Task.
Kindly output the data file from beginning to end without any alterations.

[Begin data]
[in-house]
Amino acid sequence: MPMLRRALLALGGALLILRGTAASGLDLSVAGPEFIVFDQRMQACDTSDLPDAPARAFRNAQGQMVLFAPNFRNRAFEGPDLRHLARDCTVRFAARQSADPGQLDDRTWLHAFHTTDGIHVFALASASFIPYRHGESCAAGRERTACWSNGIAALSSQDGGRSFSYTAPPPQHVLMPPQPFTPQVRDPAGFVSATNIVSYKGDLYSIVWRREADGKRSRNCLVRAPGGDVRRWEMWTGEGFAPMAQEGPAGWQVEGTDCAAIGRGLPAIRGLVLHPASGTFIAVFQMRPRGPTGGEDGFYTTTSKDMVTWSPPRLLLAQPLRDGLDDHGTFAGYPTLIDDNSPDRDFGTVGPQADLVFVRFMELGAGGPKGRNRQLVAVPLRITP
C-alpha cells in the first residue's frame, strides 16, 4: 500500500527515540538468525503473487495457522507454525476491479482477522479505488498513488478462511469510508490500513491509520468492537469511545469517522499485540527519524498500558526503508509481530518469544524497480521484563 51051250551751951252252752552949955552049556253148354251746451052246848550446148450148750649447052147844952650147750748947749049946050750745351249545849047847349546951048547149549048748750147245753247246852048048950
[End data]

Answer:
[in-house]
Amino acid sequence: MPMLRRALLALGGALLILRGTAASGLDLSVAGPEFIVFDQRMQACDTSDLPDAPARAFRNAQGQMVLFAPNFRNRAFEGPDLRHLARDCTVRFAARQSADPGQLDDRTWLHAFHTTDGIHVFALASASFIPYRHGESCAAGRERTACWSNGIAALSSQDGGRSFSYTAPPPQHVLMPPQPFTPQVRDPAGFVSATNIVSYKGDLYSIVWRREADGKRSRNCLVRAPGGDVRRWEMWTGEGFAPMAQEGPAGWQVEGTDCAAIGRGLPAIRGLVLHPASGTFIAVFQMRPRGPTGGEDGFYTTTSKDMVTWSPPRLLLAQPLRDGLDDHGTFAGYPTLIDDNSPDRDFGTVGPQADLVFVRFMELGAGGPKGRNRQLVAVPLRITP
C-alpha cells in the first residue's frame, strides 16, 4: 500500500527515540538468525503473487495457522507454525476491479482477522479505488498513488478462511469510508490500513491509520468492537469511545469517522499485540527519524498500558526503508509481530518469544524497480521484563 51051250551751951252252752552949955552049556253148354251746451052246848550446148450148750649447052147844952650147750748947749049946050750745351249545849047847349546951048547149549048748750147245753247246852048048950